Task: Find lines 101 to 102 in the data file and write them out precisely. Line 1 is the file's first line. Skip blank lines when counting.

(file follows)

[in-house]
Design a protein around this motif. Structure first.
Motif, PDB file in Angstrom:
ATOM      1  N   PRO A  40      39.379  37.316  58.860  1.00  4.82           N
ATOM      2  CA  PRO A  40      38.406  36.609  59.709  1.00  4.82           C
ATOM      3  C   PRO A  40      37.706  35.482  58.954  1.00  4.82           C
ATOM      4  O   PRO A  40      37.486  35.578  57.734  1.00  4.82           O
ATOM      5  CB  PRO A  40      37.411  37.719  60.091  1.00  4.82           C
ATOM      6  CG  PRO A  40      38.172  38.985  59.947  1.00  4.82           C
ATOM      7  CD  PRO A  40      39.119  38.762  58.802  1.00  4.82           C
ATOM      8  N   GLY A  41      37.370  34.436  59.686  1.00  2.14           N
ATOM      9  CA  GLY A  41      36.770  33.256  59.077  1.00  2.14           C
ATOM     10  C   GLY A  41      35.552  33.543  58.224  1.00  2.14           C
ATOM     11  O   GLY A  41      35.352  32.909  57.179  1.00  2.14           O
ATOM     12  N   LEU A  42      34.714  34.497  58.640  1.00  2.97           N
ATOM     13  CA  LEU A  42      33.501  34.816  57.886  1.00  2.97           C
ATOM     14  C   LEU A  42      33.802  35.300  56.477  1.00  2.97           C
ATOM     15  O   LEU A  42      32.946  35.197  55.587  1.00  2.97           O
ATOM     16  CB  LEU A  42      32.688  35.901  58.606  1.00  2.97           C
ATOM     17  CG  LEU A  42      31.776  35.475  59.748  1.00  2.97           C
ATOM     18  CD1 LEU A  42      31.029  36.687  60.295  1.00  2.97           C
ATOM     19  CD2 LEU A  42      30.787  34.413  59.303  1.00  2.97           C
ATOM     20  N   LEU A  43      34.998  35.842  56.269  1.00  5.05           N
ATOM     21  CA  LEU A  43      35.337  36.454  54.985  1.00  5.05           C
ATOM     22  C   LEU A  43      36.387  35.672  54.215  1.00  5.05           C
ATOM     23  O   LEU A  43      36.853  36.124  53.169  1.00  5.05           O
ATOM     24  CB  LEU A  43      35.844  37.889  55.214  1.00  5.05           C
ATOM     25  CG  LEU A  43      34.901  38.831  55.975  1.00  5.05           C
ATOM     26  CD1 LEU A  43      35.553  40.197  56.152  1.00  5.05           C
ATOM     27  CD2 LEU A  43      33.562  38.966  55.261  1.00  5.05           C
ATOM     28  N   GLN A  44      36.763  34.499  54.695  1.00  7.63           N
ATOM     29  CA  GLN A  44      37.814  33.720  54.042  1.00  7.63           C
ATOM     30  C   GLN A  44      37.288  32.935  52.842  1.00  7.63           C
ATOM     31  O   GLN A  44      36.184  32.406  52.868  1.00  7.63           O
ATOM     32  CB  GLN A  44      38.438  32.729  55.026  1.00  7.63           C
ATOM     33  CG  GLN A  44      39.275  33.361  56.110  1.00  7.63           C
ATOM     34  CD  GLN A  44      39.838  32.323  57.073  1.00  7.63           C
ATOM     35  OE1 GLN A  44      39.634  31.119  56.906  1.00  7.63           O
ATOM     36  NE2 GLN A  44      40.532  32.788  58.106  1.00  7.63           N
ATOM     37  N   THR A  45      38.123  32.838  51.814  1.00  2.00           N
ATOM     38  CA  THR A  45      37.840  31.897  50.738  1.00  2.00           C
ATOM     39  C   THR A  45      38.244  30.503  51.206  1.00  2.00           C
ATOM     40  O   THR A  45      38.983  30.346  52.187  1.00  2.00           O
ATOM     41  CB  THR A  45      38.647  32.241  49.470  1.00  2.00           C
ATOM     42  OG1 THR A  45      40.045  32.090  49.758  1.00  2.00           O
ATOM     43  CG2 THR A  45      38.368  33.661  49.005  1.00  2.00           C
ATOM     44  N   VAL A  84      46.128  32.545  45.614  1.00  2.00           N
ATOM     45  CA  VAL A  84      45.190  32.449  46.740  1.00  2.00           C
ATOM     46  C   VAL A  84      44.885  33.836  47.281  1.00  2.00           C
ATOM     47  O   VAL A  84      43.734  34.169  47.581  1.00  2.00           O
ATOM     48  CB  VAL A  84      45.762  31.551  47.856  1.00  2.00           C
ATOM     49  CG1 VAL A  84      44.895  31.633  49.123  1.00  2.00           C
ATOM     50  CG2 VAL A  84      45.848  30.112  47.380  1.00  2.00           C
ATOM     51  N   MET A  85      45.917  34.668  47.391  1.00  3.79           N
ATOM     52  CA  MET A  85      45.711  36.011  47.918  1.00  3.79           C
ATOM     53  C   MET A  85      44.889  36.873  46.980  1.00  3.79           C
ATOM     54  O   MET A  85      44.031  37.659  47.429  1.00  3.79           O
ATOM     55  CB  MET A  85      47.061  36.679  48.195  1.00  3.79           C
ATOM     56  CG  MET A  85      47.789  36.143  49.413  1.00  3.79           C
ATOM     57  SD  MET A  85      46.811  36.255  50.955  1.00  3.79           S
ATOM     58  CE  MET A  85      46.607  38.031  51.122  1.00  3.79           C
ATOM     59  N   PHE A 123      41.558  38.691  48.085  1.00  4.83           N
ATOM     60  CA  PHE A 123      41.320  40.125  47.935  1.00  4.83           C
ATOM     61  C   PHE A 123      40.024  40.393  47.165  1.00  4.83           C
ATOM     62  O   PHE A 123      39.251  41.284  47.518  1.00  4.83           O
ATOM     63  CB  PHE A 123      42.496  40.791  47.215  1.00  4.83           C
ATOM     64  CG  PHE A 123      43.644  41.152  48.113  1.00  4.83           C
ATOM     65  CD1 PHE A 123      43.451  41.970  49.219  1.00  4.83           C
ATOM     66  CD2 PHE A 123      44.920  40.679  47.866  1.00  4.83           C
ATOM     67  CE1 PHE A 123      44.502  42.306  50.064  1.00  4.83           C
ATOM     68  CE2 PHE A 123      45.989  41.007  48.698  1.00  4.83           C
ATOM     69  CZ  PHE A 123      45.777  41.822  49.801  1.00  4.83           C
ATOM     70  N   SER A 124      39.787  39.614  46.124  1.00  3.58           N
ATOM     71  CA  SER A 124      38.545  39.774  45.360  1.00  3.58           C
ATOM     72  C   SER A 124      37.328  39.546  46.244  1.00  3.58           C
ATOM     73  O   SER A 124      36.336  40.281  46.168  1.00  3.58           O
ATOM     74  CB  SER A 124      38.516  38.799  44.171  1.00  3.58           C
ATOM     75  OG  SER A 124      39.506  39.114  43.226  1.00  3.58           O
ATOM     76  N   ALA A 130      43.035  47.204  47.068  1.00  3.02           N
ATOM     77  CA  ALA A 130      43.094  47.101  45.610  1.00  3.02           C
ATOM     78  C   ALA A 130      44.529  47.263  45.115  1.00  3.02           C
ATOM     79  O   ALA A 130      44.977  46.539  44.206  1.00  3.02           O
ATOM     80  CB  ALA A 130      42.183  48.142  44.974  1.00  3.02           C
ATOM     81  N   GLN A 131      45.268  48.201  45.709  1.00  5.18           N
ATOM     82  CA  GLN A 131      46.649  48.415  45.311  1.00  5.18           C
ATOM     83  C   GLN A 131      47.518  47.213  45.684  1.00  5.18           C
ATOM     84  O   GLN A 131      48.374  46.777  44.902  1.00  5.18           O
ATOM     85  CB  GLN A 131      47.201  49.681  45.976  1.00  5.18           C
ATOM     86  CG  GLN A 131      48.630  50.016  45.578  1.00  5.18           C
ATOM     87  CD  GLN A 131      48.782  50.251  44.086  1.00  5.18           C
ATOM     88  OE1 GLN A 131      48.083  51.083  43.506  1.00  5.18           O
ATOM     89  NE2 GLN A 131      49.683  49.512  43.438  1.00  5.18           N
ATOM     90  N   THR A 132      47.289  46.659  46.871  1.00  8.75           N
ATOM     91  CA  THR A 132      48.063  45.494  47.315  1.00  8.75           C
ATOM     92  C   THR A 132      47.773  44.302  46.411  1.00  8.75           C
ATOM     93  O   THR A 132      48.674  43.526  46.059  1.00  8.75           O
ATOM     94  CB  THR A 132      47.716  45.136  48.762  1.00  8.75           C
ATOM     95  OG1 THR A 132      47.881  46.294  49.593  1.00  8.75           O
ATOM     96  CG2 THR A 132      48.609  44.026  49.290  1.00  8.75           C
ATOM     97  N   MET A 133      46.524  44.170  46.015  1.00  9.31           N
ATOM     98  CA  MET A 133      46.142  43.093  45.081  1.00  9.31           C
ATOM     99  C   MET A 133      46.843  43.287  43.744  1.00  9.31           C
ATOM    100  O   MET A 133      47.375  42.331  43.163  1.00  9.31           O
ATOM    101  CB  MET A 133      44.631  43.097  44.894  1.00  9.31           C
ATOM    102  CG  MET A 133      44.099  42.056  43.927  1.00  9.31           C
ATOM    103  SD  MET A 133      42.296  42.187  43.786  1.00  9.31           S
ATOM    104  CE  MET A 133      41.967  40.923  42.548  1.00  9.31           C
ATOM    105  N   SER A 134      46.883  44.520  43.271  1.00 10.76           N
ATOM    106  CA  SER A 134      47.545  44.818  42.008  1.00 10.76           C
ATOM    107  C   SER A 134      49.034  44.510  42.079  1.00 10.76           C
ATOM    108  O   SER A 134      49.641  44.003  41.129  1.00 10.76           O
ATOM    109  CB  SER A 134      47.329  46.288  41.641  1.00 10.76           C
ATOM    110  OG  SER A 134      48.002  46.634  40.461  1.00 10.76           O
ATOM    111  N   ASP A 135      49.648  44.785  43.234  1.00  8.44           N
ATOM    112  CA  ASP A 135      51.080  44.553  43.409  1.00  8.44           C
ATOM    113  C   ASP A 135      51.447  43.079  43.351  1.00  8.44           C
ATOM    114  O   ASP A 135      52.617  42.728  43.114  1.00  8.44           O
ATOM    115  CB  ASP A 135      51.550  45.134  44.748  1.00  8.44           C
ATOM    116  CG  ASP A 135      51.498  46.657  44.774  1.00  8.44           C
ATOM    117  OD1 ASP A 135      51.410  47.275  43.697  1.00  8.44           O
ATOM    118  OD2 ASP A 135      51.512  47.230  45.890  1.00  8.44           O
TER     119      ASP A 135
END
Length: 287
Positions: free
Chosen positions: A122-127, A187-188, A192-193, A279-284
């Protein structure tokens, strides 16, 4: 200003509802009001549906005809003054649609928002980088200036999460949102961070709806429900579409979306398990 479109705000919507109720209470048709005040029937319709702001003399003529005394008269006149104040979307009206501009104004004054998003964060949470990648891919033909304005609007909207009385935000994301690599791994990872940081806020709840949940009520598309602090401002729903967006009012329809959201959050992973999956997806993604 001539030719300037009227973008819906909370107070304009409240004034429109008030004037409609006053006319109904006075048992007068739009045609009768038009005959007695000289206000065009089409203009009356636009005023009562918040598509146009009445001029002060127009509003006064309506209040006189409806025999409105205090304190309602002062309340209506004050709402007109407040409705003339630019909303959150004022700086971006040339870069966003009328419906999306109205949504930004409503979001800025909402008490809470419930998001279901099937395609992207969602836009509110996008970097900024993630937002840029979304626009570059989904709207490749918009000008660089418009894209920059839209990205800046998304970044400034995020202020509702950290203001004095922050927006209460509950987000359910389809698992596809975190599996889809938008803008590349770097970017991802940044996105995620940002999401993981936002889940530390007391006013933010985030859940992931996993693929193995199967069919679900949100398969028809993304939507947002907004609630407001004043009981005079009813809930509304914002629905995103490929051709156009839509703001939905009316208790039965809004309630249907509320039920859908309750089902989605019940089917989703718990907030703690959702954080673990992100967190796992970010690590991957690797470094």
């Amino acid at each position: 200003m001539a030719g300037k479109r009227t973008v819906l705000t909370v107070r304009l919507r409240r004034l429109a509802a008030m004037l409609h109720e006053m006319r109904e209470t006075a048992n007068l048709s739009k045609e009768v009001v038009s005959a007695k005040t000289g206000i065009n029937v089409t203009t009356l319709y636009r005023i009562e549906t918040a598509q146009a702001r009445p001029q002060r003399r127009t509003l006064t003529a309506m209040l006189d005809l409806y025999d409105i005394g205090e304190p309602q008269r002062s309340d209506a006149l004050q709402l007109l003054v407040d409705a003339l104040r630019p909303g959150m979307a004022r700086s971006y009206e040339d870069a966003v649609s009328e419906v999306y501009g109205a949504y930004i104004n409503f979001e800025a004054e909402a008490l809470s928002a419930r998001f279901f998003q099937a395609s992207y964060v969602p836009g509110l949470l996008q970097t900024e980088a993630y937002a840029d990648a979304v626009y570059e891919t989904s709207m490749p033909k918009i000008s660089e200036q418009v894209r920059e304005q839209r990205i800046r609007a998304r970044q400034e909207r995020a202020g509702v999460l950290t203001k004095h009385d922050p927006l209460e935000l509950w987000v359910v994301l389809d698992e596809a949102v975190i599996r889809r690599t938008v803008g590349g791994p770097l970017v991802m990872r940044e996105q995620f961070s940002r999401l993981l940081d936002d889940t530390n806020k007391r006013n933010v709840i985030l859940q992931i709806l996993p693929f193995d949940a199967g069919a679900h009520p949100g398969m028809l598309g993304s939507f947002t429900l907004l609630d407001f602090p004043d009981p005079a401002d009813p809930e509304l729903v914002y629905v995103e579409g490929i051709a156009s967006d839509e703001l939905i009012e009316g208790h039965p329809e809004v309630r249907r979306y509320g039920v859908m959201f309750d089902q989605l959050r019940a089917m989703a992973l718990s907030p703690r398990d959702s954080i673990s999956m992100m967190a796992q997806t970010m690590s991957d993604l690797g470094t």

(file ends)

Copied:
ATOM     98  CA  MET A 133      46.142  43.093  45.081  1.00  9.31           C
ATOM     99  C   MET A 133      46.843  43.287  43.744  1.00  9.31           C